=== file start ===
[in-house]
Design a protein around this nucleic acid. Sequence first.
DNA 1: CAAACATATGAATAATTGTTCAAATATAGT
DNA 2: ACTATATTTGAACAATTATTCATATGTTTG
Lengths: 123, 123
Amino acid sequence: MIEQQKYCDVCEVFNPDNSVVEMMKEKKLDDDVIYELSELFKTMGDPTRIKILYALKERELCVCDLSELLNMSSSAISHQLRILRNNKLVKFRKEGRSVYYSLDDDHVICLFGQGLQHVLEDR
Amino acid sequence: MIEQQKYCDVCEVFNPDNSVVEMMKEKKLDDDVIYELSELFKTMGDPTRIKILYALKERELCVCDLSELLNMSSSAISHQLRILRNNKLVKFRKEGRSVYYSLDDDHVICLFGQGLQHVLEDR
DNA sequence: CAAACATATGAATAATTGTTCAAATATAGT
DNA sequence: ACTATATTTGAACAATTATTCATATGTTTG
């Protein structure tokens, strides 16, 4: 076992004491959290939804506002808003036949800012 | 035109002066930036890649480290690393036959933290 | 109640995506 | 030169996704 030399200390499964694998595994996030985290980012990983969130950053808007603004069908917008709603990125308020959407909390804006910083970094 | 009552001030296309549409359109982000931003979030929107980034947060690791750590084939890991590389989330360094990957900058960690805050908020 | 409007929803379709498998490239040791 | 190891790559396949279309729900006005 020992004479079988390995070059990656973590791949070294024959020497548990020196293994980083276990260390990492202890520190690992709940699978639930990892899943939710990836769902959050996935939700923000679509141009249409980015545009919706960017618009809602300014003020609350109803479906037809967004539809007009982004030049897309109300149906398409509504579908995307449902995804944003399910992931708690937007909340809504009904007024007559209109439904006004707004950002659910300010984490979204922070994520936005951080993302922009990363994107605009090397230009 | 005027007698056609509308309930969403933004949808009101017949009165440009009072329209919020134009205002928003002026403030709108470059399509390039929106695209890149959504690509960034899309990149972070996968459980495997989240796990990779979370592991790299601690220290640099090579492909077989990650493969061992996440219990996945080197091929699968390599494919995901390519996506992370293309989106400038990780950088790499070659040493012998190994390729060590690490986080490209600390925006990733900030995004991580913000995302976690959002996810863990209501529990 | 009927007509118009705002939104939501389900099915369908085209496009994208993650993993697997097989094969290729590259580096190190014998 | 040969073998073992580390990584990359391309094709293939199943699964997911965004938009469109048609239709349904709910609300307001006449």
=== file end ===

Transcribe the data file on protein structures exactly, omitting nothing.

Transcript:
[in-house]
Design a protein around this nucleic acid. Sequence first.
DNA 1: CAAACATATGAATAATTGTTCAAATATAGT
DNA 2: ACTATATTTGAACAATTATTCATATGTTTG
Lengths: 123, 123
Amino acid sequence: MIEQQKYCDVCEVFNPDNSVVEMMKEKKLDDDVIYELSELFKTMGDPTRIKILYALKERELCVCDLSELLNMSSSAISHQLRILRNNKLVKFRKEGRSVYYSLDDDHVICLFGQGLQHVLEDR
Amino acid sequence: MIEQQKYCDVCEVFNPDNSVVEMMKEKKLDDDVIYELSELFKTMGDPTRIKILYALKERELCVCDLSELLNMSSSAISHQLRILRNNKLVKFRKEGRSVYYSLDDDHVICLFGQGLQHVLEDR
DNA sequence: CAAACATATGAATAATTGTTCAAATATAGT
DNA sequence: ACTATATTTGAACAATTATTCATATGTTTG
């Protein structure tokens, strides 16, 4: 076992004491959290939804506002808003036949800012 | 035109002066930036890649480290690393036959933290 | 109640995506 | 030169996704 030399200390499964694998595994996030985290980012990983969130950053808007603004069908917008709603990125308020959407909390804006910083970094 | 009552001030296309549409359109982000931003979030929107980034947060690791750590084939890991590389989330360094990957900058960690805050908020 | 409007929803379709498998490239040791 | 190891790559396949279309729900006005 020992004479079988390995070059990656973590791949070294024959020497548990020196293994980083276990260390990492202890520190690992709940699978639930990892899943939710990836769902959050996935939700923000679509141009249409980015545009919706960017618009809602300014003020609350109803479906037809967004539809007009982004030049897309109300149906398409509504579908995307449902995804944003399910992931708690937007909340809504009904007024007559209109439904006004707004950002659910300010984490979204922070994520936005951080993302922009990363994107605009090397230009 | 005027007698056609509308309930969403933004949808009101017949009165440009009072329209919020134009205002928003002026403030709108470059399509390039929106695209890149959504690509960034899309990149972070996968459980495997989240796990990779979370592991790299601690220290640099090579492909077989990650493969061992996440219990996945080197091929699968390599494919995901390519996506992370293309989106400038990780950088790499070659040493012998190994390729060590690490986080490209600390925006990733900030995004991580913000995302976690959002996810863990209501529990 | 009927007509118009705002939104939501389900099915369908085209496009994208993650993993697997097989094969290729590259580096190190014998 | 040969073998073992580390990584990359391309094709293939199943699964997911965004938009469109048609239709349904709910609300307001006449």